Don't copy-paste terminal commands from the web

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As an addendum, never install anything in a command line by piping the results of a curl command directly to the shell. This is disturbingly common. For example the standard Ruby Version Manager suggests you install it like this:

\curl -sSL | bash

Don’t do that, and if anyone asks you to do that, they should feel bad.


ha ha ha ha! Suckers!


I LOLed!

I am a Linux novice, but am aware of the possibility of easily hosing or unsecuring my system.

If I had to copy something off the web, I would paste it into a text buffer instead, to be sure of what it was. Pasted stuff could include even a return/enter character to run it automatically from a terminal.

Better yet, use the “man” command with your binary of choice as an argument, so you can learn what they are, what they do, and what arguments they accept. Then you are in a better position to know a bit about how your system works.


Mark it with your mouse, copy it somehow (e.g. using CTRL+C) and paste it into a terminal. What happens?
[/quote]Since I’m not on a Linux machine, I have no idea. It would be nice if TFA told us what it did without making us actually do it under the specific OS you’re not supposed to do that sort of thing on…


You think the text you’ve copied is:

git clone git://

but what you’ve really copied is:

git clone /dev/null; clear; echo -n “Hello “;whoami|tr -d ‘\n’;echo -e ‘!\nThat was a bad idea. Don’”’”‘t copy code from websites you don’"’"‘t trust!
Here’"’"'s the first line of your /etc/passwd: ';head -n1 /etc/passwd
git clone git://

The code itself is just a simple demonstration that what looks innocuous to you might do something entirely different.


If someone gives you a bad shell command, just do what I do and delete /etc. Works every time.

(In case it’s not obvious: Do NOT delete /etc unless you know what you’re doing and why.)

Also, for that matter, do not pour salt water into your computer or place your laptop in the microwave. Even if someone from technical support tells you to. Perhaps especially if so.


I just gave the links a quick glance, but the main attack vector seems to be text stings with partial obfuscation via CSS display props. (Here’s one source)

Works fine against Windows, too. The linked Reddit thread covers some of that, but it’s a long wearisome thread…

I’m a fan of keeping a 7-bit editor handy to wash copy operations from web pages.


I paste into notepad as a habit cause windows likes to be ‘smart’ on me and do fancy crap I don’t want done with formatting which I never ever want.


buuut laaazyness! Also, if you’re copying code from a site that you’re pretty much running compiled software as root, you’re really only opening yourself up to some nasty XSS, but it is a good reminder to not just trust some stranger’s code. Recalling a script I wrote with a bunch of “rm -rf” commands, you could get some interesting glitches by adding “-exec sed -i “s#/bin#\ /bin#g” {} ;” to an overly inclusive find command.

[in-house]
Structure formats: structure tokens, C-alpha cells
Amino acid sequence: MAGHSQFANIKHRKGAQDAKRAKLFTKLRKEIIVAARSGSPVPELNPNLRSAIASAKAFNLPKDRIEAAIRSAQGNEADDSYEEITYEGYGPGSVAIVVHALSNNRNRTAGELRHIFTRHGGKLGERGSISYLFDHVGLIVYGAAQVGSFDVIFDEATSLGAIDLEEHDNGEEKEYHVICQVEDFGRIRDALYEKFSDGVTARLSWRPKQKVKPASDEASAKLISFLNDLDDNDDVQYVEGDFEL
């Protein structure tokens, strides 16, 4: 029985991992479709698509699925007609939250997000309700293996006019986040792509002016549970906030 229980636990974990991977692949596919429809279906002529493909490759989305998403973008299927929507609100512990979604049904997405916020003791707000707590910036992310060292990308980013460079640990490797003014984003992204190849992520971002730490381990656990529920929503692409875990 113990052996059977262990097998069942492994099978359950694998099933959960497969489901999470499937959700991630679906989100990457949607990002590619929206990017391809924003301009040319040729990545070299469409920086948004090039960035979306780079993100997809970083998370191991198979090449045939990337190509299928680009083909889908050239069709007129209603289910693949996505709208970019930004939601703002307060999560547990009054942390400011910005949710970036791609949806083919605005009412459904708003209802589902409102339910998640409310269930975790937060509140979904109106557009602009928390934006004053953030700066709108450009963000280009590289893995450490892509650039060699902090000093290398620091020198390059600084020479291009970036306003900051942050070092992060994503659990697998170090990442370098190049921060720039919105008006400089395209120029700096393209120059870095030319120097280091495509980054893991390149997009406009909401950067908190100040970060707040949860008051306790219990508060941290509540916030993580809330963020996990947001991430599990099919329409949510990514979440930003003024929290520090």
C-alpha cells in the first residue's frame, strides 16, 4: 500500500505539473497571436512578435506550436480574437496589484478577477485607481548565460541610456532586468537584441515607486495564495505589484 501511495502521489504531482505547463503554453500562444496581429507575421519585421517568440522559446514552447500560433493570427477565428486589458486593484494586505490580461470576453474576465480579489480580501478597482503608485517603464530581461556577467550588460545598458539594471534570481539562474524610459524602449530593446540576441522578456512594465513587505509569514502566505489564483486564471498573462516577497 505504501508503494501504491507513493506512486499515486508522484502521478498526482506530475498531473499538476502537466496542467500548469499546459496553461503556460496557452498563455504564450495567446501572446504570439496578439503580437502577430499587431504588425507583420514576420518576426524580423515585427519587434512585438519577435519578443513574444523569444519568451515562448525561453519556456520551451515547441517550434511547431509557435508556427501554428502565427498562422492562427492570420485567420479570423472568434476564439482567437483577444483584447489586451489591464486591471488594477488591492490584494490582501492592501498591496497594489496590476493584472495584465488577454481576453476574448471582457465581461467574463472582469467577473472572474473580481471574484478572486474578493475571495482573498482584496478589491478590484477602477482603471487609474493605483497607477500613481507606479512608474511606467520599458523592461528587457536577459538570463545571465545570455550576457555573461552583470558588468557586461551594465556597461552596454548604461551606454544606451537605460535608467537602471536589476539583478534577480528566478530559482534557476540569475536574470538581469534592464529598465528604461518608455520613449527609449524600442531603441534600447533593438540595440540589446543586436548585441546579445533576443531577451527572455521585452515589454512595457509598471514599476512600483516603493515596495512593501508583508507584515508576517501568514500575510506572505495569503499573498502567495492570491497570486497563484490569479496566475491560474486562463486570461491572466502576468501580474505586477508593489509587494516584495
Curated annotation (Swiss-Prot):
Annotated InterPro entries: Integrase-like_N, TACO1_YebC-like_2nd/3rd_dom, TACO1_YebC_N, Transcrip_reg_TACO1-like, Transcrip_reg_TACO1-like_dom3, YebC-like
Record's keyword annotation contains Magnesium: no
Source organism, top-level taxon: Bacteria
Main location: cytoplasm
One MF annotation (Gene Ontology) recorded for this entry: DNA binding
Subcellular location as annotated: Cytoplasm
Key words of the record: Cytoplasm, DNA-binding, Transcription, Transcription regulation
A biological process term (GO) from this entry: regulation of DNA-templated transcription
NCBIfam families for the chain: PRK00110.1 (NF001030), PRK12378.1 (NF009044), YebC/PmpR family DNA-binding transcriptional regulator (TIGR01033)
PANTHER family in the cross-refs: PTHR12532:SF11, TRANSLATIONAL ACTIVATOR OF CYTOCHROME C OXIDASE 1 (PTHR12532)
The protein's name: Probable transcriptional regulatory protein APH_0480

I think it’s mostly Word. I’ve taken to writing in Notepad++ when I need to make something to paste into a webform.

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Can we have the old web back?

With just text files, images, and links to other text files and images?

I thought this topic would just be a reminder not to run commands you don’t understand.

But actually the article warns us about something that should not even be possible.


Uh, the tl;dr is wrong; this has nothing to do with JavaScript.


I was thinking of writing an endorsement of an Oh-My-Zsh plugin, safe-paste.

Then I remembered that the way the Oh-My-Zsh people recommend installing Oh-My-Zsh is with wget or curl, piped through sh.

And that’s not much different from how Oh-My-Zsh updates itself.

Suddenly, I don’t feel like Oh-My-Zsh is so clever.


Seconded - the TL;DR should talk about shell commands, not Javascript. This particular exploit doesn’t involve Javascript.

And nothing is being automatically executed here; the end user is explicitly pasting commands into a terminal in this scenario.


This exploit doesn’t work if you aren’t allowing scripts by default. Which I’m not. So, problem solved in 0 easy steps.


There is a similar problem with web links. Some sites will have a link that you think is directly taking you to the target site, but it is actually wrapped in a tracking web site like viglink full of information about who you are and where you came from.

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As if they could possibly understand! XD


I was suspicious of this too. I wasn’t under the impression that clipboard contents were executed or interpreted.


wait what? this is a joke right?

if serious, on what os? which javascript engine is running it from the clipboard? the linked to clever fellow explanation says no such thing…I program javascript all day and cut and paste javascript like a champ, nothing ever runs. I’ll assume this is just a joke and I’m not getting the humor.

nothing should ever run from the clipboard directly…unless you have the worlds worst clipboard extension installed.